“The pill comes equipped with tiny sensors that detect the time it takes for those beams to bounce off your intestines and back to the device. It’s a little bit like SONAR technology used by submarines, or the LIDAR sensors that help Google’s robotic cars sense the world around them, except SONAR uses sound and LIDAR uses lasers.
The information it collects is stored on a patch the patient wears. When you poop out [the pill], the patch, which keeps tabs on the pill’s whereabouts inside you, notifies you through sound that it’s time to peel the patch off and take it to the doc for analysis.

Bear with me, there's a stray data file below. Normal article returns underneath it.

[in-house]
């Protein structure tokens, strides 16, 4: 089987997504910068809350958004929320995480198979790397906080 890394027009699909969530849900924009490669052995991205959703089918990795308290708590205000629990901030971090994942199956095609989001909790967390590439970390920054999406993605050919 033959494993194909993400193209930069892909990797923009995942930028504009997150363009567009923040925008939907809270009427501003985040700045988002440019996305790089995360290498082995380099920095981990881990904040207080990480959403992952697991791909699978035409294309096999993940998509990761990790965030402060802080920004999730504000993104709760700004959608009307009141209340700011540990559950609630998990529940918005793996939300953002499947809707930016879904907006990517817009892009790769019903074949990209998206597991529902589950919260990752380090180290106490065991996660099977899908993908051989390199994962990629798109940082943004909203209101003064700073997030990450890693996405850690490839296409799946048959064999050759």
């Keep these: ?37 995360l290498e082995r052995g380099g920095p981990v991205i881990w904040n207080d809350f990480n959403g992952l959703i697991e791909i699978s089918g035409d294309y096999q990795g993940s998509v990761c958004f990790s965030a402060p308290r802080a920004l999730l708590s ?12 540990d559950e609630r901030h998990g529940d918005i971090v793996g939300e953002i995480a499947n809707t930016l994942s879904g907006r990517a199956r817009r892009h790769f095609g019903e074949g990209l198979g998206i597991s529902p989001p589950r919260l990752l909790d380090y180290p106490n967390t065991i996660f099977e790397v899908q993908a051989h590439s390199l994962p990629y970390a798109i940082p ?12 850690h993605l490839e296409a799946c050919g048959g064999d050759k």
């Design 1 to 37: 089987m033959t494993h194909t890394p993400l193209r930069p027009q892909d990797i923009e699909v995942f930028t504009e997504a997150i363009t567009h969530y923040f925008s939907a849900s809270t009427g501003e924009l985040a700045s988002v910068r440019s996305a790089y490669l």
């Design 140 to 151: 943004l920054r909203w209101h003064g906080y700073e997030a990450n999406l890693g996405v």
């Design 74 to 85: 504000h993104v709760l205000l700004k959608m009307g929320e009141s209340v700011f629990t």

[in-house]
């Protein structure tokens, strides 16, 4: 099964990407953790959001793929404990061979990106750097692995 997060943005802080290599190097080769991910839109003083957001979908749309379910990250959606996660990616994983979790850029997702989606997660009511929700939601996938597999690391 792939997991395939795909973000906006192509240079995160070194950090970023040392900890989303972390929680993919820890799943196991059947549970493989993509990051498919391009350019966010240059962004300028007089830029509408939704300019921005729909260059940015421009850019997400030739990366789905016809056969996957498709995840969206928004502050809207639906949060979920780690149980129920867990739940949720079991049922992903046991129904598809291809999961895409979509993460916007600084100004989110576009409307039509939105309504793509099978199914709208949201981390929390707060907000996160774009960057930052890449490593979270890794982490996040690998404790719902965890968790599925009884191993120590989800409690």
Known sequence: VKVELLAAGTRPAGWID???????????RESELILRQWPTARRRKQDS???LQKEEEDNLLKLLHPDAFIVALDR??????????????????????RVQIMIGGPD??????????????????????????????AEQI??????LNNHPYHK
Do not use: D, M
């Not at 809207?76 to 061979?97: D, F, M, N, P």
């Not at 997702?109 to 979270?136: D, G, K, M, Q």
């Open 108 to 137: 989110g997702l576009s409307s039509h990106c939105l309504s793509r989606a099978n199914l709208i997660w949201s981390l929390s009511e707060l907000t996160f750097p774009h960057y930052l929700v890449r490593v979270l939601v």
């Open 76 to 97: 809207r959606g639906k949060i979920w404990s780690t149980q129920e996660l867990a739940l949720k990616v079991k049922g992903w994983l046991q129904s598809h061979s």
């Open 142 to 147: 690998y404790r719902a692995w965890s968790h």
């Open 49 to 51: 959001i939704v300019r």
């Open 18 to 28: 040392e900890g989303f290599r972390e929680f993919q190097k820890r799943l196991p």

[The] Cap Check [pill] isn’t yet available in the U.S. Right now, it’s going through clinical trials in Europe. CEO Bill Densel estimates that it’ll make its way Stateside sometime in 2016. Before it hits the market, it’ll need approval from the U.S. Food and Drug Administration, the agency that regulates medical devices. The FDA will want to make sure that the thing is safe—after all, you are ingesting a little bit of radiation—and that it’s at least as good, if not better, at detecting problems than methods already in use. Densel estimates the device will cost about $600, cheaper than a colonoscopy, which can run between $1,000 and $3,000.”
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